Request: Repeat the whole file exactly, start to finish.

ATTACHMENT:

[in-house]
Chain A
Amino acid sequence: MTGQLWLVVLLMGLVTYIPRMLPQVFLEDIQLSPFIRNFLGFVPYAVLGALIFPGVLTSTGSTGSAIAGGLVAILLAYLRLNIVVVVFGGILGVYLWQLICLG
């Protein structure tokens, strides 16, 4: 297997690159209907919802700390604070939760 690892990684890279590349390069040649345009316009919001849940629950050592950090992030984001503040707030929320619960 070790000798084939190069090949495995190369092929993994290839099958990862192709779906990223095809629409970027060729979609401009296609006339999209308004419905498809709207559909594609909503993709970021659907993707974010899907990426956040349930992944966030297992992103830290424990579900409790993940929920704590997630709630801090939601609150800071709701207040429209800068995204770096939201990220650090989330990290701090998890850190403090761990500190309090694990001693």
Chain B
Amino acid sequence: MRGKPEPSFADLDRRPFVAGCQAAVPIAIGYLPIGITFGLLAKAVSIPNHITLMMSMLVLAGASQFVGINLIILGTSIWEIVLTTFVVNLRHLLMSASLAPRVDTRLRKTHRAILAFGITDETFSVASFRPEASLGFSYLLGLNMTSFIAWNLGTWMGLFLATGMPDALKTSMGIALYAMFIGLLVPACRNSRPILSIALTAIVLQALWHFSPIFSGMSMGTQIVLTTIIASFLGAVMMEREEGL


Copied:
[in-house]
Chain A
Amino acid sequence: MTGQLWLVVLLMGLVTYIPRMLPQVFLEDIQLSPFIRNFLGFVPYAVLGALIFPGVLTSTGSTGSAIAGGLVAILLAYLRLNIVVVVFGGILGVYLWQLICLG
């Protein structure tokens, strides 16, 4: 297997690159209907919802700390604070939760 690892990684890279590349390069040649345009316009919001849940629950050592950090992030984001503040707030929320619960 070790000798084939190069090949495995190369092929993994290839099958990862192709779906990223095809629409970027060729979609401009296609006339999209308004419905498809709207559909594609909503993709970021659907993707974010899907990426956040349930992944966030297992992103830290424990579900409790993940929920704590997630709630801090939601609150800071709701207040429209800068995204770096939201990220650090989330990290701090998890850190403090761990500190309090694990001693």
Chain B
Amino acid sequence: MRGKPEPSFADLDRRPFVAGCQAAVPIAIGYLPIGITFGLLAKAVSIPNHITLMMSMLVLAGASQFVGINLIILGTSIWEIVLTTFVVNLRHLLMSASLAPRVDTRLRKTHRAILAFGITDETFSVASFRPEASLGFSYLLGLNMTSFIAWNLGTWMGLFLATGMPDALKTSMGIALYAMFIGLLVPACRNSRPILSIALTAIVLQALWHFSPIFSGMSMGTQIVLTTIIASFLGAVMMEREEGL